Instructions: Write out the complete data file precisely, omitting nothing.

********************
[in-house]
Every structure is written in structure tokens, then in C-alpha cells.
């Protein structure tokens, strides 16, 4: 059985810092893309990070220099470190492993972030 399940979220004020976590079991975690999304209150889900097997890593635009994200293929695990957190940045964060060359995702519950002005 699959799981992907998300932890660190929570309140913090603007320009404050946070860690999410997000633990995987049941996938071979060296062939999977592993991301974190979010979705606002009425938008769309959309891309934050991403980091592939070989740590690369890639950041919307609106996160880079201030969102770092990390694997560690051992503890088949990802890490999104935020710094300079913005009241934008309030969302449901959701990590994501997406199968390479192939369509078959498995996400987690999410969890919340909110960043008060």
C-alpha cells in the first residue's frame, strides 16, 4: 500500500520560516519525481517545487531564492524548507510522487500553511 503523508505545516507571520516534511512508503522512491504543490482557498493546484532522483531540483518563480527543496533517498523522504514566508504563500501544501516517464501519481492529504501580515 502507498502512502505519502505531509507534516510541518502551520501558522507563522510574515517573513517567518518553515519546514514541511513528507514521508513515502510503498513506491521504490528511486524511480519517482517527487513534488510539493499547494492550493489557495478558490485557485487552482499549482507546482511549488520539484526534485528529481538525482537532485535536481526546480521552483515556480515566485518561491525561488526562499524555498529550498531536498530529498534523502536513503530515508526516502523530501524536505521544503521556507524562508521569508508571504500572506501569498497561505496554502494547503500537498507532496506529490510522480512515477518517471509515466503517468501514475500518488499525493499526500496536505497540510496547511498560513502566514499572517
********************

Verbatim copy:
[in-house]
Every structure is written in structure tokens, then in C-alpha cells.
């Protein structure tokens, strides 16, 4: 059985810092893309990070220099470190492993972030 399940979220004020976590079991975690999304209150889900097997890593635009994200293929695990957190940045964060060359995702519950002005 699959799981992907998300932890660190929570309140913090603007320009404050946070860690999410997000633990995987049941996938071979060296062939999977592993991301974190979010979705606002009425938008769309959309891309934050991403980091592939070989740590690369890639950041919307609106996160880079201030969102770092990390694997560690051992503890088949990802890490999104935020710094300079913005009241934008309030969302449901959701990590994501997406199968390479192939369509078959498995996400987690999410969890919340909110960043008060």
C-alpha cells in the first residue's frame, strides 16, 4: 500500500520560516519525481517545487531564492524548507510522487500553511 503523508505545516507571520516534511512508503522512491504543490482557498493546484532522483531540483518563480527543496533517498523522504514566508504563500501544501516517464501519481492529504501580515 502507498502512502505519502505531509507534516510541518502551520501558522507563522510574515517573513517567518518553515519546514514541511513528507514521508513515502510503498513506491521504490528511486524511480519517482517527487513534488510539493499547494492550493489557495478558490485557485487552482499549482507546482511549488520539484526534485528529481538525482537532485535536481526546480521552483515556480515566485518561491525561488526562499524555498529550498531536498530529498534523502536513503530515508526516502523530501524536505521544503521556507524562508521569508508571504500572506501569498497561505496554502494547503500537498507532496506529490510522480512515477518517471509515466503517468501514475500518488499525493499526500496536505497540510496547511498560513502566514499572517